IAUG Members Offer Insights on Remote Work Challenges

Whether your organization is moving to a hybrid workplace this fall or maintaining a work-from-home (WFH) strategy, be prepared for ongoing training, equipment, and cultural challenges. That was the message from four IAUG leaders at a webcast, “Remote Workers: A Fireside Chat,” on July 28.

“After sending all our employees home last year, we are now working on strategies for them coming back into the office,” said Jayne Hogle, telecommunications manager, American Heart Association/American Stroke Association.  “We will have a hybrid model, but relationships are very important for our culture and that means having our people return to the office.”

Hogle moderated the online conversation, which focused on the evolving challenges facing enterprise IT teams this summer.  “We are all in this together and everyone has something to share,” she said. “That is the power of our user group.”

Retraining users

Scott Burns, telecom administrator for California Coast Credit Union in San Diego, said “Our frontline staff worked at 27 branches every day before COVID. We were not prepared to go remote, and the demands on our support team were astronomical. But we wrapped our arms around the technology and equipment challenges.”

Now, the credit union is looking at its 250 employees returning to work in early September, bringing their WFH equipment with them. “Our help desk staff is busy hooking things back up again and teaching our users how to log on to their physical desk phones again after being out of the office for a year and a half,” he said.

IAUG board member Adriane Davis, telecom manager at Stearns Weaver Miller, a Miami-based five-office law firm, said she is facing similar issues. “When the pandemic hit, we had 200 attorneys who suddenly needed webcams and headsets for Zoom meetings,” she said. “Our team worked 24/7 for two months as everyone scrambled to figure out how best to work remotely.”  

In July, the law firm’s attorneys and staff returned to their offices. “Now, we are dealing with people who forgot their passwords or don’t remember how to transfer calls,” Davis said. “It’s been a re-learning process for them this month.”

Hogle agreed, noting that the IT staff has been going through the building cleaning phones and making sure they are still working after sitting idle for more than a year. “We are encouraging staff to shift to Avaya Workplace from physical hard phones, and have made great progress on that initiative.”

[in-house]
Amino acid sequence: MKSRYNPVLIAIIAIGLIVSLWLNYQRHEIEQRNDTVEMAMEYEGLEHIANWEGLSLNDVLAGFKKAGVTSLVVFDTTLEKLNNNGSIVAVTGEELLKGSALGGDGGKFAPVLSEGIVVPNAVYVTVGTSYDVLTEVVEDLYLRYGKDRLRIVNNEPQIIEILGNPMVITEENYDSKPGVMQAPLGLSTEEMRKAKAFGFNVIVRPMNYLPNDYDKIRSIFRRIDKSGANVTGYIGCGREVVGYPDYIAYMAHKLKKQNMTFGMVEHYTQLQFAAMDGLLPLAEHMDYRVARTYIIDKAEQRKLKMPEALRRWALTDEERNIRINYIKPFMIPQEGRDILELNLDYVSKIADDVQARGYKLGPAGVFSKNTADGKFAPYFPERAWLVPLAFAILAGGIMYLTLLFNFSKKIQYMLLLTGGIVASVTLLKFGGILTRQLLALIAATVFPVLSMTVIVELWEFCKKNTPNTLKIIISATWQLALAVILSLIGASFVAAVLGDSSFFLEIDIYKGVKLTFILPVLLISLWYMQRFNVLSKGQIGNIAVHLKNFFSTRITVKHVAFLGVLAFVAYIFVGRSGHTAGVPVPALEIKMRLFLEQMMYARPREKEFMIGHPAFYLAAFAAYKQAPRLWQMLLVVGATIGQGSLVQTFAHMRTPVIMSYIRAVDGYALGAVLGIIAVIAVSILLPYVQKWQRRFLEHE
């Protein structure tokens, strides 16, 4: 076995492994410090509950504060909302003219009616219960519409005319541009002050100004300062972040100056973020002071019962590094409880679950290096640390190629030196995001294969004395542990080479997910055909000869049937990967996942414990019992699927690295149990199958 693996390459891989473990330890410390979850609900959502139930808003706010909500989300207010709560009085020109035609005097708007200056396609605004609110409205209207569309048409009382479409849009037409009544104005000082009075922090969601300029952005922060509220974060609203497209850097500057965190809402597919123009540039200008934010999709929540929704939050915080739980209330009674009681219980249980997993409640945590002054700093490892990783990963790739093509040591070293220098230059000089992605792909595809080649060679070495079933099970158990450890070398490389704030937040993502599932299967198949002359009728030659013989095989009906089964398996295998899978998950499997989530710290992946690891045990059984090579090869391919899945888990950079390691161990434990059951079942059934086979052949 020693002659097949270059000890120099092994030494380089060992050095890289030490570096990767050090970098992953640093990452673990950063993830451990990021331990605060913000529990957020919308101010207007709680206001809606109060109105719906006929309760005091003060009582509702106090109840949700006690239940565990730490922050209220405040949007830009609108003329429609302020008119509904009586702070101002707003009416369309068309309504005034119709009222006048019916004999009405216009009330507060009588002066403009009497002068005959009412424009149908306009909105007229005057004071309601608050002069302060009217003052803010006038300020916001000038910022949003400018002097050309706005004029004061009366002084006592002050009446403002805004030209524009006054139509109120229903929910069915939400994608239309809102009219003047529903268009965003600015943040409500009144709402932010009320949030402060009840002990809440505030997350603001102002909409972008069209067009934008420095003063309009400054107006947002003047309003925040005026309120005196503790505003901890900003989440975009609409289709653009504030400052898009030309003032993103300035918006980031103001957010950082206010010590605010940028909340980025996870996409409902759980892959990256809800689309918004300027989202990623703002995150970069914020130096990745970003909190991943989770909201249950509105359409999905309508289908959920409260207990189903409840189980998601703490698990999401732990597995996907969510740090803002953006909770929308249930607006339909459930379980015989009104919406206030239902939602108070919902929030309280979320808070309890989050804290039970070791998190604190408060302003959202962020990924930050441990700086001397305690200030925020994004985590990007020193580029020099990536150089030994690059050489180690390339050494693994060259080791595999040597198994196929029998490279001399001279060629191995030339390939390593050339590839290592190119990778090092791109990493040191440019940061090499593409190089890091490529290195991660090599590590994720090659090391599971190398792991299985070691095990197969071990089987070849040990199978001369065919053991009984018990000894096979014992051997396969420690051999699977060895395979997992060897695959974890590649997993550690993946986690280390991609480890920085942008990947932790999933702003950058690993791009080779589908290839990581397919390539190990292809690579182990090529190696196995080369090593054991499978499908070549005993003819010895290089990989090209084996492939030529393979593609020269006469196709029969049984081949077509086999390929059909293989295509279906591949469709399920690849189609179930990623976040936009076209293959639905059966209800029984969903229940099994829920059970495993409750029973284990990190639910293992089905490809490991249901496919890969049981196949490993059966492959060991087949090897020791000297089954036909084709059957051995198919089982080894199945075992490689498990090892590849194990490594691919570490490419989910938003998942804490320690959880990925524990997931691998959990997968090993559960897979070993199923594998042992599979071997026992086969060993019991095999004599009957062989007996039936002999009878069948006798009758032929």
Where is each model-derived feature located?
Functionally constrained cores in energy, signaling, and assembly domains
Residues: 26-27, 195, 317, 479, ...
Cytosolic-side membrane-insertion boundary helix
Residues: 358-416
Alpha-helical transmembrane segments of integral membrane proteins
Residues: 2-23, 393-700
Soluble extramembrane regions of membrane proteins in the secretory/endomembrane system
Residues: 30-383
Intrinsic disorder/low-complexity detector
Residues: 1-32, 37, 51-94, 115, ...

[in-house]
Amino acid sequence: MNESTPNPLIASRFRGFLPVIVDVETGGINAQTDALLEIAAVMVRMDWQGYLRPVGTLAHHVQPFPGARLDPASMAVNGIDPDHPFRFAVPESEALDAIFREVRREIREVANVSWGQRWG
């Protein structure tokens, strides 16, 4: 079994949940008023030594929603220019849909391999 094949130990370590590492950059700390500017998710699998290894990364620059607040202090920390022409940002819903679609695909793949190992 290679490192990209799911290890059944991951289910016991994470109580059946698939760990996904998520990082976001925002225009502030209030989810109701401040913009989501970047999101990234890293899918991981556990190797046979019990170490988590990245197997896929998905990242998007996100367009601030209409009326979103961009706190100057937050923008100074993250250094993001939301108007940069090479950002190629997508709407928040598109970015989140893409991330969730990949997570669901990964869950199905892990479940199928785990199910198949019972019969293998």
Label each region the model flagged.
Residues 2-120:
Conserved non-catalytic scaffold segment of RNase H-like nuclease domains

Continuing a WFH strategy

On the other hand, Cartus, global corporate relocation company based in Connecticut, has decided to continue its remote work approach, according to Mary Doran, lead UC analyst. “We ran into all kinds of things last year, like a user who got ‘free’ wifi because the router was in the landlord’s apartment. In June, we wound up boxing up monitors, computers, webcams and USB headsets for our remote workers.”

In the past year, some Cartus team members have moved from state to state, or left the company. “When they leave, our desktop team has to get the equipment back, unpack it, clean it and test it,” she said. “We also have to field issues like ‘my phone doesn’t work’ from users who have moved cross country and changed Internet providers. They might only think about the computer, but they need IP addresses for their phones, tablets, TVs, refrigerators and alarm systems. So, we wind up serving as personal assistants for the home office.”

Doran said the company is consolidating its large offices into smaller spaces, and moving out of its data center into the cloud. “Out vision is to have everything in the cloud so our employees can work anywhere,” she said. “That’s the big push for us.”

Serving as consultants

As the business world shifted to online platforms last year, IAUG members became consultants helping to implement a pivot in strategies, said Hogle. “We provided support as our fundraising galas and heart walks went virtual,” she said. “We also spun up a basic call center in two days for a call-in telethon that raised $80,000. That would not have been possible without the quick minds on my team coming up with a solution to handle those calls.”

As the workplace changes, the IAUG leaders agreed on the importance of partnering with business units and promoting their IT services.  “We have the tools to help them achieve their goals,” said Doran. “That gives us an opportunity to provide business analysis as well as support.”

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